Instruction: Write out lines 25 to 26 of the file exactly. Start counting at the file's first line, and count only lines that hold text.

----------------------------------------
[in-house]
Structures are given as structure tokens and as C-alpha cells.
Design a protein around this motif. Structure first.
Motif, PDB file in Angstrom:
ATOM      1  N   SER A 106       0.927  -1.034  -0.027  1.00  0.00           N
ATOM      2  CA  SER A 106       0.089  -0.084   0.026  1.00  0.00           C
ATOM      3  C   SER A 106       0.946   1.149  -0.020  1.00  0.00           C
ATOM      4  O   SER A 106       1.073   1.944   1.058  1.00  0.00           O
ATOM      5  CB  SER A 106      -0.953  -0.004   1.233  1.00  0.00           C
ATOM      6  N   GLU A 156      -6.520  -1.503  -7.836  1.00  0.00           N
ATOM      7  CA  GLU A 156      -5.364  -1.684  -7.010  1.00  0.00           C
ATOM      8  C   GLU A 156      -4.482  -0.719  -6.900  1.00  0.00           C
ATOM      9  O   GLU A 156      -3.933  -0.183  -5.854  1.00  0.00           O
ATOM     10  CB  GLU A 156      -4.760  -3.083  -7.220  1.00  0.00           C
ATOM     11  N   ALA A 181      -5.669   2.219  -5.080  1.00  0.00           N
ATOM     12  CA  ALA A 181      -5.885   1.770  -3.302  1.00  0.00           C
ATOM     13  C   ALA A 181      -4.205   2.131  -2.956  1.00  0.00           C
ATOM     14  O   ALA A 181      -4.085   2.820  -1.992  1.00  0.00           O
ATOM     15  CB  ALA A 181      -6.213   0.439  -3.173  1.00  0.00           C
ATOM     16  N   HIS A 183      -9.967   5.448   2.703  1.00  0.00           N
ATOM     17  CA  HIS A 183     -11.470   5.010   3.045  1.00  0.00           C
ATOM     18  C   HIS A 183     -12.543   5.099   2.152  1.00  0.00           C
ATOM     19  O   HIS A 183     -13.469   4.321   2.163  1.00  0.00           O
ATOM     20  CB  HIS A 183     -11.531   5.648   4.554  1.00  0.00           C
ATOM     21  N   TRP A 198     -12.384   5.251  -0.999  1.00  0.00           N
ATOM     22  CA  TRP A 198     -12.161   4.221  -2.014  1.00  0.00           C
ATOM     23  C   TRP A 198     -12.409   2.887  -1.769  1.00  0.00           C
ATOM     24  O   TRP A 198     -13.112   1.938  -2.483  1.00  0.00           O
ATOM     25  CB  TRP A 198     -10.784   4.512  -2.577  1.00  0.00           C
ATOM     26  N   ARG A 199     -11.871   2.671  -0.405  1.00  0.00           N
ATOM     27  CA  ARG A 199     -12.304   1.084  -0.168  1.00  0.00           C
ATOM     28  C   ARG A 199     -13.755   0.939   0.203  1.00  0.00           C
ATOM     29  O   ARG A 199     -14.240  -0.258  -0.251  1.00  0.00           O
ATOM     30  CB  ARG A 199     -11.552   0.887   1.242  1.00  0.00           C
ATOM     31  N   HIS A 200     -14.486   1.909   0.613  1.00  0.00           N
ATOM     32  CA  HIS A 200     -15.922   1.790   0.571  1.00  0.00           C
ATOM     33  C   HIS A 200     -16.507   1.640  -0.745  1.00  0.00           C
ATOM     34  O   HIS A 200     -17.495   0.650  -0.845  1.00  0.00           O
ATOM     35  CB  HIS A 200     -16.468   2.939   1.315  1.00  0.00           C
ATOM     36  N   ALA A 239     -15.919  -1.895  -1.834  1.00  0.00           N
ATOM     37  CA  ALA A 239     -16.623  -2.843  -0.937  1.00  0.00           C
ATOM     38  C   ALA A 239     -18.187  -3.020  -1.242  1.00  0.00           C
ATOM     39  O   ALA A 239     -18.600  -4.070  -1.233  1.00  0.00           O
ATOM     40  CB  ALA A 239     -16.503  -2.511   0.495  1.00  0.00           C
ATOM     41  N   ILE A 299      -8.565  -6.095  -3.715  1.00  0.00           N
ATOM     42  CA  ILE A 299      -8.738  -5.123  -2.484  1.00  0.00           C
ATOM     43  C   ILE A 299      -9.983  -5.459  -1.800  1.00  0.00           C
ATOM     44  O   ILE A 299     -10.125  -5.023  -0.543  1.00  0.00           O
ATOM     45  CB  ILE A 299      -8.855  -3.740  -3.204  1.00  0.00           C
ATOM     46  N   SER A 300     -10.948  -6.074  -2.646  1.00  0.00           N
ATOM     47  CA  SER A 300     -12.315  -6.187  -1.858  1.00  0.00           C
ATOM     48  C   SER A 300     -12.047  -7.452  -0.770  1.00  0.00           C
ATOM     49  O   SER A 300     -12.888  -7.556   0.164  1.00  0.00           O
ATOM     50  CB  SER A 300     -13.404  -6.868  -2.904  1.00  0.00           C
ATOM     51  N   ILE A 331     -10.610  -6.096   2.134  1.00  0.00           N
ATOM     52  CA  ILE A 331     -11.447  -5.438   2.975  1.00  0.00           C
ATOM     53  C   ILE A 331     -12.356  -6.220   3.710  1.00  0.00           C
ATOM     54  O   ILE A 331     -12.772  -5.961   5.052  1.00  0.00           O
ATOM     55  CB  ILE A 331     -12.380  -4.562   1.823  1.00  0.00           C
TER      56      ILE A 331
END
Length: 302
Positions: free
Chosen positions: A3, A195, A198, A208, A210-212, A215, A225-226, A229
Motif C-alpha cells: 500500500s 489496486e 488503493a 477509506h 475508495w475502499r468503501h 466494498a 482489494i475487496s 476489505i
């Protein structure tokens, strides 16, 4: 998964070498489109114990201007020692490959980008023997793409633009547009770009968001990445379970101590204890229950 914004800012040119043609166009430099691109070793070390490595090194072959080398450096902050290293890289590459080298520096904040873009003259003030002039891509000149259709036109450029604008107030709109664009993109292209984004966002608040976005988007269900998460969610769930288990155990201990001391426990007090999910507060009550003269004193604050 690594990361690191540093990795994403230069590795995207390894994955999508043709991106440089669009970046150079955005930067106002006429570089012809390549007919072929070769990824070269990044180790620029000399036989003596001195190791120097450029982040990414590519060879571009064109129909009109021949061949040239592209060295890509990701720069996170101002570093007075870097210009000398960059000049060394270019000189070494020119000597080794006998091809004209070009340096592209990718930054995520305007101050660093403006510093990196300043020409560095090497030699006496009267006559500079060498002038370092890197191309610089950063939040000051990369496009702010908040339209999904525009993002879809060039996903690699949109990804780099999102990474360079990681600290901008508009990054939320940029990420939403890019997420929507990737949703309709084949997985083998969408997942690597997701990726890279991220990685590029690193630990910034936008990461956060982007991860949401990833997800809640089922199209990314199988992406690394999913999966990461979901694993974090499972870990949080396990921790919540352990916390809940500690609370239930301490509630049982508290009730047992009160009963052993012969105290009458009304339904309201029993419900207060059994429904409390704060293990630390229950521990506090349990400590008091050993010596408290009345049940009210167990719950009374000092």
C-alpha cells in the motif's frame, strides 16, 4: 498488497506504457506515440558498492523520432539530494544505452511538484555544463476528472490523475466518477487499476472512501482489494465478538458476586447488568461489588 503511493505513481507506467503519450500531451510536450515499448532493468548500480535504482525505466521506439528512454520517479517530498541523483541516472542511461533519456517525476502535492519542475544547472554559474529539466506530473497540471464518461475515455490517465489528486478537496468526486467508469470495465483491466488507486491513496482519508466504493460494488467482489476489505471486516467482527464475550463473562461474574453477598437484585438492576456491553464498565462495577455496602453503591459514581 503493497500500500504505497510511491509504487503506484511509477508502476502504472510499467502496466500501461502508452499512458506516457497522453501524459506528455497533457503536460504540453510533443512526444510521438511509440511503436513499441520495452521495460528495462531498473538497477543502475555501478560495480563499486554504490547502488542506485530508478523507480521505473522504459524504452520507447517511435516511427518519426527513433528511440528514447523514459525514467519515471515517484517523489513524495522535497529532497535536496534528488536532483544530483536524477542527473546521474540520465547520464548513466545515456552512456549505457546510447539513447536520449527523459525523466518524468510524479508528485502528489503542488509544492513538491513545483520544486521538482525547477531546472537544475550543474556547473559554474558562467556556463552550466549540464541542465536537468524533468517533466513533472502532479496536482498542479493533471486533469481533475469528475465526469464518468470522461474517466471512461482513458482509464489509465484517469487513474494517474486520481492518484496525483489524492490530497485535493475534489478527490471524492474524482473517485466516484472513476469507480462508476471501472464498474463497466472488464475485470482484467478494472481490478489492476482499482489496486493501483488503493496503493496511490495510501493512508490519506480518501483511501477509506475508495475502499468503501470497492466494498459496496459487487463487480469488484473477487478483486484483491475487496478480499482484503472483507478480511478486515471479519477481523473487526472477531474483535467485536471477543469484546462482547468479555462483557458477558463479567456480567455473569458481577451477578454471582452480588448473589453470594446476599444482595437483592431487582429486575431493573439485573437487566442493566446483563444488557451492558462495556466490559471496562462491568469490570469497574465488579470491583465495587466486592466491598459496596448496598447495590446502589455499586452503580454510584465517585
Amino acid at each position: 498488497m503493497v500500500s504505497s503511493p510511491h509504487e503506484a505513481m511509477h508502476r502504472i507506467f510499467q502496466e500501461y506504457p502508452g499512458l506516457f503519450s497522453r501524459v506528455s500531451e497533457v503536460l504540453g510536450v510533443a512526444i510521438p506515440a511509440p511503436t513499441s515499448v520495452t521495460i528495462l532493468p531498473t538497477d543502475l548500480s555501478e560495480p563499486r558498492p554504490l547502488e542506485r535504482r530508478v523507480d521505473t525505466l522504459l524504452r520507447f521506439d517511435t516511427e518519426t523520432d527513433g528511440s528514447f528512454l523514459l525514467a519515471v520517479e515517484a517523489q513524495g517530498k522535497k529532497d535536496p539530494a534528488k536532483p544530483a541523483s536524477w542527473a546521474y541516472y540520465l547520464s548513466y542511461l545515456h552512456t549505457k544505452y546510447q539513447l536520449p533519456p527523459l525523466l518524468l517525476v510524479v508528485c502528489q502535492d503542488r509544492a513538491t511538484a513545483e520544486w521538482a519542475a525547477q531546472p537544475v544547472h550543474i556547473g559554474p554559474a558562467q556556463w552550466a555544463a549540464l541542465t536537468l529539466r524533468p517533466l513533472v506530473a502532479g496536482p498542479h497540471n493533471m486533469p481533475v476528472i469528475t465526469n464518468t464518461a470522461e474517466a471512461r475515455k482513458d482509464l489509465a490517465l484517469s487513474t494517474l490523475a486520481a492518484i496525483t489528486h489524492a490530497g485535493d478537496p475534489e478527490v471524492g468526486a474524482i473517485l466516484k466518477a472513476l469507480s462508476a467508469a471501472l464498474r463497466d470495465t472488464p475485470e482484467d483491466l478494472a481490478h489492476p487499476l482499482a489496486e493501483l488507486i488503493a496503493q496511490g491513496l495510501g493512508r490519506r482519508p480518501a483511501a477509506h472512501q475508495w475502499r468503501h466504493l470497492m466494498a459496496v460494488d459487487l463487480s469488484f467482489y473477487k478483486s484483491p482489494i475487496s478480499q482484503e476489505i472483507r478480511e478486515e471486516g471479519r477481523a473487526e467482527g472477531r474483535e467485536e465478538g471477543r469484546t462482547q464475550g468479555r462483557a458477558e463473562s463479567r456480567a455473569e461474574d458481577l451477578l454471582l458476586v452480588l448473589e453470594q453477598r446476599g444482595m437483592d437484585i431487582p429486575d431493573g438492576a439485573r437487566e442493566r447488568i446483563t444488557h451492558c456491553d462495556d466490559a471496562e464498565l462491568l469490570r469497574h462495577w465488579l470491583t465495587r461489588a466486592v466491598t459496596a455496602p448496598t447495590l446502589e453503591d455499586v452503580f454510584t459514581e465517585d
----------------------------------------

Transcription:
ATOM     21  N   TRP A 198     -12.384   5.251  -0.999  1.00  0.00           N
ATOM     22  CA  TRP A 198     -12.161   4.221  -2.014  1.00  0.00           C